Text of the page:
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Decisions tricky in shadow of 'cliff'

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Sunday, Dec. 9, 2012, 8:54 p.m.
 

There are mere weeks left to maneuver so you keep as much of your money as possible without overpaying taxes for 2012.

But this is no typical year. You are flying blind as Congress dawdles over the actions it must take by Dec. 31 to avoid tax increases in 2013 for virtually all taxpayers. Since you don't know whether Congress will save you from a tax increase, or let your taxes go up on Jan. 1, any tax move you make before the end of this year may turn out to be less than optimal later.

The reason, of course, is the “fiscal cliff,” or the popular way of talking lately about billions in tax increases that will raise the average middle-class household's taxes by $2,200 next year if Congress doesn't step up.

In other words, even a married couple with an income of $17,400 or less will no longer be in the 10 percent tax bracket. Instead, they will be bumped up to 15 percent and have to pay more than they do now. Likewise, if you have been in the 10 percent or 15 percent tax brackets, and paying nothing for capital gains on the stocks, bonds, real estate or other investments that provide your retirement income, you will start paying 15 percent on those gains. The highest earners will have to pay 23.8 percent.

If you have been enjoying relief on college tuition, that gets ratcheted down. Dividend taxes will start going up too. Lowest-income taxpayers will face a 15 percent rate, while those at the highest income will face 43.4 percent.

So what's an individual to do?

Tax advisers are telling many people — especially the wealthy — to take the income in 2012 when taxes might be lower. Then, in 2013, try to take as many deductions as possible to whittle down the tax bill. Of course, that plan could go awry too if Congress gets into the “loophole-closing” that's been discussed.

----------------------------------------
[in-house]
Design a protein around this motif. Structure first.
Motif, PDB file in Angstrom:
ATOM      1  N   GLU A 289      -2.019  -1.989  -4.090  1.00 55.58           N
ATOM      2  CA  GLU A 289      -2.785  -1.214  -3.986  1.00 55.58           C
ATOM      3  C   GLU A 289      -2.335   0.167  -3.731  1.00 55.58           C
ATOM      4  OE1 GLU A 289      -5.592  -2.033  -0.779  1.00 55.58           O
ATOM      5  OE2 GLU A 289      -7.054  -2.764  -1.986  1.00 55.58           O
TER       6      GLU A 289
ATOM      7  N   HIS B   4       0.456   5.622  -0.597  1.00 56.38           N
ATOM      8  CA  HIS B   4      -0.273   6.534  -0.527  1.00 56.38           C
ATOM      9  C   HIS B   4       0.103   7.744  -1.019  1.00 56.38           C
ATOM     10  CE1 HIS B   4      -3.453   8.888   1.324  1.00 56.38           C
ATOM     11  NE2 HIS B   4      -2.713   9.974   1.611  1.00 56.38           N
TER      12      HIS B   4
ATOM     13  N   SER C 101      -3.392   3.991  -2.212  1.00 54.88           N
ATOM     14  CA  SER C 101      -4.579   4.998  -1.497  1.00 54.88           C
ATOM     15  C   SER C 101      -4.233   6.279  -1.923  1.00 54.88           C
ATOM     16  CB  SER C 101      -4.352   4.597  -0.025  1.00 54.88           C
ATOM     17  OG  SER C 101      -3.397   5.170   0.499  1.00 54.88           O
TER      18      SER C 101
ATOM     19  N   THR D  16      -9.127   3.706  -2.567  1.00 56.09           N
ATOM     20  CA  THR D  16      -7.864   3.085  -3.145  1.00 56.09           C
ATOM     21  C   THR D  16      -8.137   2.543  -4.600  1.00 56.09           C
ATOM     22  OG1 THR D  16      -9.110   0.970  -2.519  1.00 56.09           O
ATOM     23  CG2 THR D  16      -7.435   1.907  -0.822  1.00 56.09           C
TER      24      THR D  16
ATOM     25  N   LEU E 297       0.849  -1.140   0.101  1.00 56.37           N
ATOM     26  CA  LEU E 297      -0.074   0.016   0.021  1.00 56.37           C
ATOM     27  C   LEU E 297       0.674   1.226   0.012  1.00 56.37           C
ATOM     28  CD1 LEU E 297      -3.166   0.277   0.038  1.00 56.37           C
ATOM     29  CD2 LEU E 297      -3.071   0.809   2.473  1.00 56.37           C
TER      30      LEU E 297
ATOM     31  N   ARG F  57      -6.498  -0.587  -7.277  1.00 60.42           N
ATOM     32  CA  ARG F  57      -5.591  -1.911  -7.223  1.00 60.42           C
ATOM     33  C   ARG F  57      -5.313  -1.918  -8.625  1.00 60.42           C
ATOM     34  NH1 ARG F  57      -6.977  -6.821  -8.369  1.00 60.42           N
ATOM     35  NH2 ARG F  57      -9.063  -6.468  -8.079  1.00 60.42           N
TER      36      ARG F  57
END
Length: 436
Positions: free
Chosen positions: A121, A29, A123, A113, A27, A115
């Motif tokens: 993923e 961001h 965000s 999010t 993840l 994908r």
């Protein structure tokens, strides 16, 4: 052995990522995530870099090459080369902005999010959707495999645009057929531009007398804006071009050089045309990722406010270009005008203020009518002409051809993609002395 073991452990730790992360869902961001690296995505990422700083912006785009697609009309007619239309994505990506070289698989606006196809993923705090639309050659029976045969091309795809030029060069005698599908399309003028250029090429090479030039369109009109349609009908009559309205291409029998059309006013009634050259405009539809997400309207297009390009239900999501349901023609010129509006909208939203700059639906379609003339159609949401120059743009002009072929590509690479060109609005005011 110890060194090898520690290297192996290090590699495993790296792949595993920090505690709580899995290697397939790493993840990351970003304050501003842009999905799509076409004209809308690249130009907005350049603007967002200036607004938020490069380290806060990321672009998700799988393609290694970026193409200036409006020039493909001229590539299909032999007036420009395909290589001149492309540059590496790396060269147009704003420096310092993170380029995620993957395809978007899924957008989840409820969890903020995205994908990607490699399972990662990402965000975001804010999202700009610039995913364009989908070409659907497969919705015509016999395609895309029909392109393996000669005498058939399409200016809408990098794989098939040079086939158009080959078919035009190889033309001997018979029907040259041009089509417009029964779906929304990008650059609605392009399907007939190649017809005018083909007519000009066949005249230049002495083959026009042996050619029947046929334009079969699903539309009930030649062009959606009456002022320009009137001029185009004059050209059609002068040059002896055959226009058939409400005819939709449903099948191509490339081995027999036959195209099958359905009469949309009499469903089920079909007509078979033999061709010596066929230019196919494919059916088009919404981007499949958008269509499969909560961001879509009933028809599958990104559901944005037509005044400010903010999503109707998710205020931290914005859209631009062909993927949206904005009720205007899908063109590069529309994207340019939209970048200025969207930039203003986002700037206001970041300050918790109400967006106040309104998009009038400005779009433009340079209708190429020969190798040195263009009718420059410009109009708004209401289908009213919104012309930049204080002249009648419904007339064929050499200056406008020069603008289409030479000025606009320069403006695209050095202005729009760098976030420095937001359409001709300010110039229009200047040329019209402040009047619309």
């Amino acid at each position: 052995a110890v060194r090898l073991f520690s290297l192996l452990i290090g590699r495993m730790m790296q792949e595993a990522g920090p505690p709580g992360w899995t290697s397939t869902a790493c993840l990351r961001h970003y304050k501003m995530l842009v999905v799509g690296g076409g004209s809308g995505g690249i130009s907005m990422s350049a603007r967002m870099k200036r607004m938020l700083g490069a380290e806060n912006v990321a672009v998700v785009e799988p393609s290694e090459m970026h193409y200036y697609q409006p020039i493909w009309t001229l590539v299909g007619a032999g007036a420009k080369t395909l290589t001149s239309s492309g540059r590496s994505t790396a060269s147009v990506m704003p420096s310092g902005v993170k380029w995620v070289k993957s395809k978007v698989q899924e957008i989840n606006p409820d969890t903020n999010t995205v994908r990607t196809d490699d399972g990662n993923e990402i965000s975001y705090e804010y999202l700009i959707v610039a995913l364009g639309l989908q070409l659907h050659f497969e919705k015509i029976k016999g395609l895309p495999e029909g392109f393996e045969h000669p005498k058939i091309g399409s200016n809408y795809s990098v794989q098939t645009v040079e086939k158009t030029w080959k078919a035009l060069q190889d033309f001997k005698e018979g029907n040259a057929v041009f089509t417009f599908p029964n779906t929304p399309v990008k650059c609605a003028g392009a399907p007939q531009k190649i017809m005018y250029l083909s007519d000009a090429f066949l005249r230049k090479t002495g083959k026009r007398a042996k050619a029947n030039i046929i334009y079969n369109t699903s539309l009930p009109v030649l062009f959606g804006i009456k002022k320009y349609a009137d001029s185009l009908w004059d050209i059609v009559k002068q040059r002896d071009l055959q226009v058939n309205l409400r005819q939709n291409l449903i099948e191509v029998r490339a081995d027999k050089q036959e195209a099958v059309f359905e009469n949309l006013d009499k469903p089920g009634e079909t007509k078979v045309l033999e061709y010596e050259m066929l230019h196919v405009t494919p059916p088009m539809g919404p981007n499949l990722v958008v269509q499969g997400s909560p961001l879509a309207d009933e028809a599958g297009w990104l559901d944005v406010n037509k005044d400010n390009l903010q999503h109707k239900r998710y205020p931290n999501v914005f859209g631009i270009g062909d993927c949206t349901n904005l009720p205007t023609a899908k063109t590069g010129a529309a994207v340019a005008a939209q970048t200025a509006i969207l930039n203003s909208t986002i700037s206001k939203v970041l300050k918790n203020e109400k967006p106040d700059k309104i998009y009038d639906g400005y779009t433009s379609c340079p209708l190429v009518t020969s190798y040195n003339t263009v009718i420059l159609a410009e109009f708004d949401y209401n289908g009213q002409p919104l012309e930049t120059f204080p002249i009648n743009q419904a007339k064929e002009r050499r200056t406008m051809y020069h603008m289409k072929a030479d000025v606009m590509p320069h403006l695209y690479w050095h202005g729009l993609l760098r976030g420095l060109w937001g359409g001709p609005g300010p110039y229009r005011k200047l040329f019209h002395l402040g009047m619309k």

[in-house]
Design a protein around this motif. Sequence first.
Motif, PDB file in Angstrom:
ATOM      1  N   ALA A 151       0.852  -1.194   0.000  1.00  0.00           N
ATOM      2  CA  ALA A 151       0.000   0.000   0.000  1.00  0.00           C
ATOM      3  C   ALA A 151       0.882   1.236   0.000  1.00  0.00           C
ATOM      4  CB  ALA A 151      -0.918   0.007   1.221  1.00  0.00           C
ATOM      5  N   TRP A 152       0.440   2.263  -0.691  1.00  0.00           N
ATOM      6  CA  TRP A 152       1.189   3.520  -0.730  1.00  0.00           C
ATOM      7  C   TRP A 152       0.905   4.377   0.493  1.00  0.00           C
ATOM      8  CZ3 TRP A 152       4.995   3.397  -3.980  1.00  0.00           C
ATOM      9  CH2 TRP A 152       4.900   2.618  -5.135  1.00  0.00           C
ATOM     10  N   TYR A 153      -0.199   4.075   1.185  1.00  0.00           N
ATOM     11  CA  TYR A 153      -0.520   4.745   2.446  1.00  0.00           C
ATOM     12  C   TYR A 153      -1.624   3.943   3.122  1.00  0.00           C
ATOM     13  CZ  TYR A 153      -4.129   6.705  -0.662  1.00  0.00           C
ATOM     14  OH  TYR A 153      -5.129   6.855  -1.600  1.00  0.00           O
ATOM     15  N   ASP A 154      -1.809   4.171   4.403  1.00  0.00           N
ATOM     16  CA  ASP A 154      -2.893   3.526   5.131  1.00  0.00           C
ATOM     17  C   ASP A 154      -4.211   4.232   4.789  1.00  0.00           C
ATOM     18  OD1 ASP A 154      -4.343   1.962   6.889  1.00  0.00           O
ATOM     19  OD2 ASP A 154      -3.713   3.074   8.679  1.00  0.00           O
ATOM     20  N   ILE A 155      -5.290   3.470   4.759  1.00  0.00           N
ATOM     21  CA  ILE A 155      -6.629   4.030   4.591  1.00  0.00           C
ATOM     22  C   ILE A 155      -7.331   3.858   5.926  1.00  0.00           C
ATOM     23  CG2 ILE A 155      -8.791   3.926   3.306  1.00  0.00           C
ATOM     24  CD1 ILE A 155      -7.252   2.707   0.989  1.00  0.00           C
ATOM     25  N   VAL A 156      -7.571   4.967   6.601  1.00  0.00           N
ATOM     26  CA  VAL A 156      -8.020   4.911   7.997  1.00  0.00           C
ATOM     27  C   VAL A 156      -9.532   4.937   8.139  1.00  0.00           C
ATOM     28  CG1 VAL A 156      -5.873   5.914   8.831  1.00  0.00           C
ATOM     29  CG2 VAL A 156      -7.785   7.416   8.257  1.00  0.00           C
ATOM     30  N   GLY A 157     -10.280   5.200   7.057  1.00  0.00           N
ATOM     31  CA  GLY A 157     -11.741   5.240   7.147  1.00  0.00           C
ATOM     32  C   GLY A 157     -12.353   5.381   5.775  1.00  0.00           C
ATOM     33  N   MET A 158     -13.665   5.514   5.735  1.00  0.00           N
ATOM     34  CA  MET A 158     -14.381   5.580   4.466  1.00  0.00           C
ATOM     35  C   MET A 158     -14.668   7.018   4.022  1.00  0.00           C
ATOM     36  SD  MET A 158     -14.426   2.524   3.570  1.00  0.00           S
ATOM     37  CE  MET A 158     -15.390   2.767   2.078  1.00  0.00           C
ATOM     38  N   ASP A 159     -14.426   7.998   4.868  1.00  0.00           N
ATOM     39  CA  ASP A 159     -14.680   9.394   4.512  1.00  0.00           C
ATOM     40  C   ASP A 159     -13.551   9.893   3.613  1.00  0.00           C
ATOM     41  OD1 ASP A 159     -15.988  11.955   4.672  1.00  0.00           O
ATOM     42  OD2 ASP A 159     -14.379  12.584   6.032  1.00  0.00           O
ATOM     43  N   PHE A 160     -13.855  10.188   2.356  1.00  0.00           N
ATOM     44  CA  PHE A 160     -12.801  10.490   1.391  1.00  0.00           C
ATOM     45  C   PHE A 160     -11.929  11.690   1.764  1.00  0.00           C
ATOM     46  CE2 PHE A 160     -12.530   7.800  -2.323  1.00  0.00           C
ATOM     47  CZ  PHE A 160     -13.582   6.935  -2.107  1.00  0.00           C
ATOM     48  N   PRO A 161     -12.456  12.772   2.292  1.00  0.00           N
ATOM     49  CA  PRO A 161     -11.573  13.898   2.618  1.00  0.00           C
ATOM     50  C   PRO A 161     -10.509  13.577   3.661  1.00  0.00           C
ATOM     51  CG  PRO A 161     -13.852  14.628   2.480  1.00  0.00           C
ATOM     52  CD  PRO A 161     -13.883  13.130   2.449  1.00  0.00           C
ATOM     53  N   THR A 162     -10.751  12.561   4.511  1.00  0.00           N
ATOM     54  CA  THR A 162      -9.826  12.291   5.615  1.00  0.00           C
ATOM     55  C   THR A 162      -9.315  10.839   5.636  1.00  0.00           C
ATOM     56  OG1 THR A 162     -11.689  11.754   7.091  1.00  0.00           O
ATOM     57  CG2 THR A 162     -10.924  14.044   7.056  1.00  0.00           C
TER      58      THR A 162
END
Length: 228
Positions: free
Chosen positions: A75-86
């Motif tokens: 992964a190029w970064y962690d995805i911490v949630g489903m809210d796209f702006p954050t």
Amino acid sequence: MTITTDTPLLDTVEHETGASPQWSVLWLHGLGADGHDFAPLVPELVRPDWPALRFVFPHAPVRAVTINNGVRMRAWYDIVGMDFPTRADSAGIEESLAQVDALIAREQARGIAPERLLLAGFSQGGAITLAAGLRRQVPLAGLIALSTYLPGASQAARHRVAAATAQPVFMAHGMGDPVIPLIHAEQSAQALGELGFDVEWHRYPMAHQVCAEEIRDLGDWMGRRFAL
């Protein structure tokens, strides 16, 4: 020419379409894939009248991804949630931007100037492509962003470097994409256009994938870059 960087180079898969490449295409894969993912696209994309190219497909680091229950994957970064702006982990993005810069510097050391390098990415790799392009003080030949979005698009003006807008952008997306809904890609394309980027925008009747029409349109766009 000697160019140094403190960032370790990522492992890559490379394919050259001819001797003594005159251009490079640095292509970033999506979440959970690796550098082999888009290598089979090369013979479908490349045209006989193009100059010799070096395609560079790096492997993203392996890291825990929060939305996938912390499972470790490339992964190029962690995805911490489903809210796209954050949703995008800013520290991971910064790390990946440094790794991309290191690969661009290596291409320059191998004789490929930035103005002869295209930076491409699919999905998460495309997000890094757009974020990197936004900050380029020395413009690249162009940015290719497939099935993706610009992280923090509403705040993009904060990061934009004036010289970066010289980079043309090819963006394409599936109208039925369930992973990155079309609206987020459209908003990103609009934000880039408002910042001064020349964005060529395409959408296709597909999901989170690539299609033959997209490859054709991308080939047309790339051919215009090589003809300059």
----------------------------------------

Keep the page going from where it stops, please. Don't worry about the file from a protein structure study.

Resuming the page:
Under some plans, you could lose some or all of your mortgage deduction, your deduction for charitable contributions, and even the deduction for contributions to your 401(k) plan.

Because of the potential, advisers are suggesting that people consider taking some capital gains this year if it makes sense based on the investment., rather than taking the gain next year when it will be more costly at tax time.

Financial planner Francine Duke, of Vernon Hills, Ill., has had clients sell some dividend paying stocks that they've owned for more than a year in taxable accounts, and buy them back in IRAs instead. If someone earns dividends in IRAs, they aren't taxed.

Still, before selling investments and playing with deductions, advisers say people should make sure they do not accidentally force themselves into a tax mess — possibly by pushing themselves into the alternative minimum tax (AMT) for 2012. The AMT is a higher tax than regular taxes.

Certain deductions that can be helpful in keeping tax bills low are worthless if you are in the AMT, such as deductions for paying state income taxes, property taxes or mortgage interest.

Best advice? Think twice before actions that could give you a major tax bill this year.

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